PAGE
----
- About Us
- Local Savings
- Green Editions
- Legal Notices
- Weekly Ads
Connect with Us
Elected officials make budget demands
Six elected Island County officials signed onto a stinging open letter to the county commissioners, demanding that they take certain steps before making cuts in their departments to plug the $1.2 million shortfall in the 2010 general fund budget.
The letter insists that the commissioners cut funding for all non-mandated programs, which would include the WSU Extension Service and parks; renegotiate a large increase in the public defense contract; dip into reserve funds; and work with the unions to gain concessions.
“We are convinced, both individually and collectively, that further cuts in essential county functions will guarantee our inability to lawfully carry out our essential duties,” the letter states. “We do not believe it is an overstatement to say we are on the verge of collapse.”
Island County Sheriff Mark Brown read the letter aloud to the three commissioners during a budget session Wednesday afternoon. The commissioners appeared surprised and even hurt by the words, but had few words in response to the officials who attended the meeting.
“That helps,” Commissioner John Dean said, noting the number of elected officials who signed the letter.
Prosecutor Greg Banks, who wrote much of the letter, said he and the other officials decided to take dramatic action after a meeting about the budget deficit last Wednesday. Budget Director Elaine Marlow handed out sheets showing an 8 percent reduction in all departments, which she said was a starting point for discussions.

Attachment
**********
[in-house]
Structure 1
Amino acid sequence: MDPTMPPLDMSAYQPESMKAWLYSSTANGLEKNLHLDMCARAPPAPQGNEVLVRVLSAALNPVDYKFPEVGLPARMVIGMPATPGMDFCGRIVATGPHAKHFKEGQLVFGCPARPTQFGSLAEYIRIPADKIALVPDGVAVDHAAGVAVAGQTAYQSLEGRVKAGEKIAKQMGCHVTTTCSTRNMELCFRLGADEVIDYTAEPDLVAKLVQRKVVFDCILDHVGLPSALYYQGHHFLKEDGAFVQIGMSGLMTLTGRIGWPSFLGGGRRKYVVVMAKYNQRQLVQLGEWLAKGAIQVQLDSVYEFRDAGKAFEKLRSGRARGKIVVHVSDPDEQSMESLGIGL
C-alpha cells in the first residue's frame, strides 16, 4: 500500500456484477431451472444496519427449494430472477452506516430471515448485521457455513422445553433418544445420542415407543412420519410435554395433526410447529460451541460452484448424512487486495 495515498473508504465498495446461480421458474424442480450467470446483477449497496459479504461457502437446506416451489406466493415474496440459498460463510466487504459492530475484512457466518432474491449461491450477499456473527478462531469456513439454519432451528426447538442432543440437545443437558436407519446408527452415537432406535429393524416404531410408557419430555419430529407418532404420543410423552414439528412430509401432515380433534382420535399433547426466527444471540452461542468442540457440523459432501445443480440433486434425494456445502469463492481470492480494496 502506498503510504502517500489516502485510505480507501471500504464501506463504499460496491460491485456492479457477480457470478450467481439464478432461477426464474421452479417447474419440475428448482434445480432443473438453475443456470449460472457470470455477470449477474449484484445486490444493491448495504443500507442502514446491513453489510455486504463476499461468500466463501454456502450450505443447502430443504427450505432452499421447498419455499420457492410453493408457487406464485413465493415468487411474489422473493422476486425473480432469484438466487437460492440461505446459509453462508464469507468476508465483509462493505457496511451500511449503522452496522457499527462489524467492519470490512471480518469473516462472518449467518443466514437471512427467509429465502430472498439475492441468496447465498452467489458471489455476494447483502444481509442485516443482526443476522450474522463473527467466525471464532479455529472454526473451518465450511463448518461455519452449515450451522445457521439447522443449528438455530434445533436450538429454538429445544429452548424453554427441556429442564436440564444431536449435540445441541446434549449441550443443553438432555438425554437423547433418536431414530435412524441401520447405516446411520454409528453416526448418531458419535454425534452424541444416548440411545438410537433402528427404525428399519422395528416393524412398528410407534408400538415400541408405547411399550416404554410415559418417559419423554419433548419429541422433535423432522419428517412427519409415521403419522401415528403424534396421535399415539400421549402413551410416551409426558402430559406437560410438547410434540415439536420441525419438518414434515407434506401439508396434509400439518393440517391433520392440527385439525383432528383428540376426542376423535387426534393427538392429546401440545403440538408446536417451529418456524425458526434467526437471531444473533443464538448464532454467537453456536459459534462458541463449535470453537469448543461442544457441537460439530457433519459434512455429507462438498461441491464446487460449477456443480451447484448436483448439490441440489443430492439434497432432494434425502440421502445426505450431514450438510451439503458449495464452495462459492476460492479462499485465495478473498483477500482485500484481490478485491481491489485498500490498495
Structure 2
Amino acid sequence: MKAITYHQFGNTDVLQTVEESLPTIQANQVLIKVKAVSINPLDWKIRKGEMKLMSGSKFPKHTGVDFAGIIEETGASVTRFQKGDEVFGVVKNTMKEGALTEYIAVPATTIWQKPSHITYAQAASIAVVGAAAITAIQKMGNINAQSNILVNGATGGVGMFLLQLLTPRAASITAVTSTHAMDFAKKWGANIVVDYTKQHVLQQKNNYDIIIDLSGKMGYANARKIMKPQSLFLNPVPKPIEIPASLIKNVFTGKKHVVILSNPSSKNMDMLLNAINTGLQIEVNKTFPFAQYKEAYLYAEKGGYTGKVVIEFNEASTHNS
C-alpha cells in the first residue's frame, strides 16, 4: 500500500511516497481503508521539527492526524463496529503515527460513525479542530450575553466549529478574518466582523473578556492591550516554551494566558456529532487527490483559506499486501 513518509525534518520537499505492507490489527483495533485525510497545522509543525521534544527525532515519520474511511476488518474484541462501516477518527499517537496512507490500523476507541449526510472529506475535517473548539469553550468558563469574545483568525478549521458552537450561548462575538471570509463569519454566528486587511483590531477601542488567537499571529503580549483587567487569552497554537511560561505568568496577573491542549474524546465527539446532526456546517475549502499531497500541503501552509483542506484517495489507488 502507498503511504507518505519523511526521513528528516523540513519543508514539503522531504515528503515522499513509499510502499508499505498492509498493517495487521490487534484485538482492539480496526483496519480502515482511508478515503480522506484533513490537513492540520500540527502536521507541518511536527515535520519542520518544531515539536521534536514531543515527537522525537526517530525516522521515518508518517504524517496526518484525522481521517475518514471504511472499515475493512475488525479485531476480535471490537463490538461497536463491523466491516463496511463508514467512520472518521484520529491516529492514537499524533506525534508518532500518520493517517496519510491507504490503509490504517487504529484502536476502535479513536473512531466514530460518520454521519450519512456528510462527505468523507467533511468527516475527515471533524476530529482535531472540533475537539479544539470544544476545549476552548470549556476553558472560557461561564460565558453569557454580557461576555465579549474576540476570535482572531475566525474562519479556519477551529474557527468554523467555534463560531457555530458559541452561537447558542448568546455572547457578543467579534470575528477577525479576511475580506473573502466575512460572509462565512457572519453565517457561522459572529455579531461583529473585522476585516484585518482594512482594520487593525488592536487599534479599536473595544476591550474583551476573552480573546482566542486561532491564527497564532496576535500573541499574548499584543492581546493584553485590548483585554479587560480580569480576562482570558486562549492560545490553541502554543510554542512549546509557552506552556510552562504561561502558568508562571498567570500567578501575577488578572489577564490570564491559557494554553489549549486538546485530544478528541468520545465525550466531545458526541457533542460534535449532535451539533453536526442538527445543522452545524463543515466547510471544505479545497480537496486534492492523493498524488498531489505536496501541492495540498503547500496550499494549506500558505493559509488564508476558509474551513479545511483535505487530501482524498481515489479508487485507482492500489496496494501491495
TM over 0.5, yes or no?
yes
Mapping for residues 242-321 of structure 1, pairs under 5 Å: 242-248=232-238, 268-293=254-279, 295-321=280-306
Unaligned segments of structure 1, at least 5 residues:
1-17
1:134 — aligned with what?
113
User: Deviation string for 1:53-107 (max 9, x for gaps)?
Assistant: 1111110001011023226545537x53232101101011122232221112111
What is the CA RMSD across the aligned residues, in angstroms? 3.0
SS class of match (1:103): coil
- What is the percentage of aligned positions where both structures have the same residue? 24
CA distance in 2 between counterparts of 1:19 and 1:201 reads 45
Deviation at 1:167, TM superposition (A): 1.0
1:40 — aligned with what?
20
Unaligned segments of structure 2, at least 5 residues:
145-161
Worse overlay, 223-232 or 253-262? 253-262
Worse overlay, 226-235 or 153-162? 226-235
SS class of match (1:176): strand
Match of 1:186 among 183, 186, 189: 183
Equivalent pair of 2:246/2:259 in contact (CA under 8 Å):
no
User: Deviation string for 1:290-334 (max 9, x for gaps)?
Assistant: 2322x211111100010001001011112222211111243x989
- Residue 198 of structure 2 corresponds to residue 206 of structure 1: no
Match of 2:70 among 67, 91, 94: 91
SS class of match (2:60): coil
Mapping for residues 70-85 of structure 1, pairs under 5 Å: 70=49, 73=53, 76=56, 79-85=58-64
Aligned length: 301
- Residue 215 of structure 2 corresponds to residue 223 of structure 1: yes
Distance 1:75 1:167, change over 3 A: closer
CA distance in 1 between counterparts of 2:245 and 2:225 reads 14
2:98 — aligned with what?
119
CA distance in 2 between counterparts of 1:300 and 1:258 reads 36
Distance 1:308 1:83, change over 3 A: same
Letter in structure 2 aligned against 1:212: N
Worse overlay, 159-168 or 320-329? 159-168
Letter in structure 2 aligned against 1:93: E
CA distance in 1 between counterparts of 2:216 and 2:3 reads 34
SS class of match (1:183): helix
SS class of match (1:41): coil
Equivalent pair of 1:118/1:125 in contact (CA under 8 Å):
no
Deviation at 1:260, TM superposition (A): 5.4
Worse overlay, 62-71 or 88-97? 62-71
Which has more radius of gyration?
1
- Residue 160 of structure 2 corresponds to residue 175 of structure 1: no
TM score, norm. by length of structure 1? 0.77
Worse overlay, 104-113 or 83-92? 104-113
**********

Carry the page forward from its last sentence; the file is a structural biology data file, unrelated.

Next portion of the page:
“We really all just came together and said this process is falling apart,” Banks said.
In an odd replay of last year’s budget process, Banks complained that elected officials and department heads didn’t learn about the problem until after their budget sessions with commissioners. He said he was told at a September meeting that his request to hold his budget at the current level was “appropriate.”
Now, the commissioners are rushed to come up with a draft of a balanced budget on Monday to meet the statutory deadline. Commissioner Helen Price Johnson complained Wednesday that she hasn’t had a chance to look at the numbers. The commissioners must approve the final budget by the end of the year.
In an interview Thursday, Marlow said she didn’t raise an alarm earlier because she hoped that the county could save about $736,000 a year by changing the county’s medical insurance, but that fell through when an agreement couldn’t be reached with the unions.
The commissioners did, however, decide to put non-represented employees on the less-expensive plan, saving about $180,000 a year.
In the letter, the officials made it clear that their departments cannot handle any more significant cuts after weathering $4 million in reductions over the last year. The recession led to a dramatic drop in revenues from sales tax, new construction, fees for service and investment interest; the revenue problem will likely continue through next year.
Brown, Banks, Assessor Dave Mattens, Auditor Sheilah Crider, Clerk Sharon Franzen and Treasurer Linda Riffe are all signatories. The letter doesn’t appear to be a partisan move. All three commissioners and four of the officials who signed the letter are Democrats.